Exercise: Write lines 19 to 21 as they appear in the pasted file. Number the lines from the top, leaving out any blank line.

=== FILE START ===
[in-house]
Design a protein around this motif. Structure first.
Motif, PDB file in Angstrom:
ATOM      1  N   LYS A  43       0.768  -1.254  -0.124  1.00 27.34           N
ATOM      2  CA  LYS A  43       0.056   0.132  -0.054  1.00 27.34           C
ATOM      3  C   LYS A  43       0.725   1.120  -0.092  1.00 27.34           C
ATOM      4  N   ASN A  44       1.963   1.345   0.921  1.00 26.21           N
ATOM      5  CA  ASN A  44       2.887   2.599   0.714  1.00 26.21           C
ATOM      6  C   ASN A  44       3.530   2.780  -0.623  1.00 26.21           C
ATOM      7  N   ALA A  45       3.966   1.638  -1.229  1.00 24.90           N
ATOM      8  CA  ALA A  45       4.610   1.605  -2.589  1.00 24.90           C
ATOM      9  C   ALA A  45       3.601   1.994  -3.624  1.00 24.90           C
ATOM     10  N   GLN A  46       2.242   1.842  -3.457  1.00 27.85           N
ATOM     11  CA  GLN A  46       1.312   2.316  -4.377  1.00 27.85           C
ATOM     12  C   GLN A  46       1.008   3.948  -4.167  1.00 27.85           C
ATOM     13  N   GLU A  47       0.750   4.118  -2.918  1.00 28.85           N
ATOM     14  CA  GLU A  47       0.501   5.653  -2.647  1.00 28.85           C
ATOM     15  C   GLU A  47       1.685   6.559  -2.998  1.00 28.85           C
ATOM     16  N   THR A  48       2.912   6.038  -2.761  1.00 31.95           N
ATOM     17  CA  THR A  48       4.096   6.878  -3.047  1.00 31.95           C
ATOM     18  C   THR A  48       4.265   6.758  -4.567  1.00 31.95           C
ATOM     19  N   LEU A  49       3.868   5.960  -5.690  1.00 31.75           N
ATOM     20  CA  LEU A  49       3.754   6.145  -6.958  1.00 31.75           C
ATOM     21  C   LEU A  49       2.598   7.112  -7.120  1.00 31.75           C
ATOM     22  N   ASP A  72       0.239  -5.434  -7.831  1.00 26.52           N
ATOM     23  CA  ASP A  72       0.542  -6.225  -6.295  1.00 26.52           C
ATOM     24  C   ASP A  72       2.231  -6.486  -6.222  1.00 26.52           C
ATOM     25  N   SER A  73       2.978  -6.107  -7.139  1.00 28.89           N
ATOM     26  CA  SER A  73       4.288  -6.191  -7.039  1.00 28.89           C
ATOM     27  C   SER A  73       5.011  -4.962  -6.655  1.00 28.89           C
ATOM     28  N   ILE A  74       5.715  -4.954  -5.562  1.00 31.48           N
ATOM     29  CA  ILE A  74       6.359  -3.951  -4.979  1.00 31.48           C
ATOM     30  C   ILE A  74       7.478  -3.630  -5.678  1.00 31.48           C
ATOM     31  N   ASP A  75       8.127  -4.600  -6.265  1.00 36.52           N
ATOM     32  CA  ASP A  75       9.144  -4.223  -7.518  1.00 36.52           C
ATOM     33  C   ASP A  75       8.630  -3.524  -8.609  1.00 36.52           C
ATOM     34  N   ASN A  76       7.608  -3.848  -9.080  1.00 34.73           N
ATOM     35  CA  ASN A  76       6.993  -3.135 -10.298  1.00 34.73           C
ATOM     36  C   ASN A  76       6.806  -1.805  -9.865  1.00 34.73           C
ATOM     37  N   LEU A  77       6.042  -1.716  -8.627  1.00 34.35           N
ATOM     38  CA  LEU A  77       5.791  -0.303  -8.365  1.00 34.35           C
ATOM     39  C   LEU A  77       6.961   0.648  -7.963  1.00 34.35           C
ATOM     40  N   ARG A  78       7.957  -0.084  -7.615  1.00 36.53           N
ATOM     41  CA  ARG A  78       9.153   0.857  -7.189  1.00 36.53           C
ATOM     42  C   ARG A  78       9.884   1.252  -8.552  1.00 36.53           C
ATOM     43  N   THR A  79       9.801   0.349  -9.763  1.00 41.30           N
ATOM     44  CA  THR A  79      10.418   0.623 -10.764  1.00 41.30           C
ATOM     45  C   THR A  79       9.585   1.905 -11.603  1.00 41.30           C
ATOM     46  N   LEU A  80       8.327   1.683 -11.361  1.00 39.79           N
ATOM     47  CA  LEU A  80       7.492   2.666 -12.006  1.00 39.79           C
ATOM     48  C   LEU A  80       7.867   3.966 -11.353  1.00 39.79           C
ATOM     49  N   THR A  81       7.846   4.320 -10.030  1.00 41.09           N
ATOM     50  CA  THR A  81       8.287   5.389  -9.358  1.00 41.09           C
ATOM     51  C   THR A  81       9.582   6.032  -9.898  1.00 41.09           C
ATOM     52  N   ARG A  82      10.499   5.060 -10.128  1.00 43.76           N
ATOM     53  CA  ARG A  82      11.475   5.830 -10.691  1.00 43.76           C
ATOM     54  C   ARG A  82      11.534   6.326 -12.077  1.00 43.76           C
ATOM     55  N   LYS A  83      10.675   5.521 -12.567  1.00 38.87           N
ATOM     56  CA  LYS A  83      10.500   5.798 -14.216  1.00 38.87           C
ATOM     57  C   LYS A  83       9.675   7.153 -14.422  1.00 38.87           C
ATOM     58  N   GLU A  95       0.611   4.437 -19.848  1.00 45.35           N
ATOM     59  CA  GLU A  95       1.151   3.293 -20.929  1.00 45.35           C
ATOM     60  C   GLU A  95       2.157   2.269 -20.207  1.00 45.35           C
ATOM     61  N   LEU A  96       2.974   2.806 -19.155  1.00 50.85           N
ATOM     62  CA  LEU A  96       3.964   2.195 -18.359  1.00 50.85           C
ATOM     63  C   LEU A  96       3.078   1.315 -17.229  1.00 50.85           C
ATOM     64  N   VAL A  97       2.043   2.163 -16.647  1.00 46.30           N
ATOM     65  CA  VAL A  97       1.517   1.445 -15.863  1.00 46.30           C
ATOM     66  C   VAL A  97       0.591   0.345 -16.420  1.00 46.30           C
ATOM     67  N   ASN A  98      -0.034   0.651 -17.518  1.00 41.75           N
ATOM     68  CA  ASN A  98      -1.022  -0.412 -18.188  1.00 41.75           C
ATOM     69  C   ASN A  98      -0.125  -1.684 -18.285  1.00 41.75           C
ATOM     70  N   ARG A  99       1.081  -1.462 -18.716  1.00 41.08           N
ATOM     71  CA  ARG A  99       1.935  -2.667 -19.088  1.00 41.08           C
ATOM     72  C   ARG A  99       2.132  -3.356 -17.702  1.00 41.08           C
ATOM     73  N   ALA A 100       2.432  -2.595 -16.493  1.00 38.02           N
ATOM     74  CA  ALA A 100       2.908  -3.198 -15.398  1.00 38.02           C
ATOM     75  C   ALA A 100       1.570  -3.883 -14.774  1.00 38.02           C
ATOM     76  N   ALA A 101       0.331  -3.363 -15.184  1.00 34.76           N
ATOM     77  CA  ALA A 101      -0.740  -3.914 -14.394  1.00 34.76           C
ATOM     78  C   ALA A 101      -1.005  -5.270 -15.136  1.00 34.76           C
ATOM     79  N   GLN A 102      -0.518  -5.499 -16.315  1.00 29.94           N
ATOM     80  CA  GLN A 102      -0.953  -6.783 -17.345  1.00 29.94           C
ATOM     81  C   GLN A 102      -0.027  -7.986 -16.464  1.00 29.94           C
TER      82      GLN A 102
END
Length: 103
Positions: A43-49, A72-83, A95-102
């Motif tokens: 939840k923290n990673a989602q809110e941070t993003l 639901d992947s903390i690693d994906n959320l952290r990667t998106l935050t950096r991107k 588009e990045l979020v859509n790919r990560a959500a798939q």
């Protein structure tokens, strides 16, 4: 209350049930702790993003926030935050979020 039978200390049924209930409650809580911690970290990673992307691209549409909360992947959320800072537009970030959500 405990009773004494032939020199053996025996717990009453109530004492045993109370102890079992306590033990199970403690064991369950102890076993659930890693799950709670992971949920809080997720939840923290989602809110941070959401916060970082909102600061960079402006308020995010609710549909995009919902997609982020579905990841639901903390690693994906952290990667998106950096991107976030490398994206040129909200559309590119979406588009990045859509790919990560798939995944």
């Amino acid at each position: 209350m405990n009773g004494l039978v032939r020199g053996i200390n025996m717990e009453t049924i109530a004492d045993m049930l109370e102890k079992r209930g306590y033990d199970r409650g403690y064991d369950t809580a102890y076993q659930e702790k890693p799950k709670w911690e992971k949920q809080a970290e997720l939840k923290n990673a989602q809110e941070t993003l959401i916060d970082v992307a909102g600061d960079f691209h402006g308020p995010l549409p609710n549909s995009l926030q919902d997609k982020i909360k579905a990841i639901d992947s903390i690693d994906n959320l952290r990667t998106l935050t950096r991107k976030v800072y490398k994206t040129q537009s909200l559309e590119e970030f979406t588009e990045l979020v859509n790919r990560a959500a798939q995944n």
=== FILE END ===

ATOM     16  N   THR A  48       2.912   6.038  -2.761  1.00 31.95           N
ATOM     17  CA  THR A  48       4.096   6.878  -3.047  1.00 31.95           C
ATOM     18  C   THR A  48       4.265   6.758  -4.567  1.00 31.95           C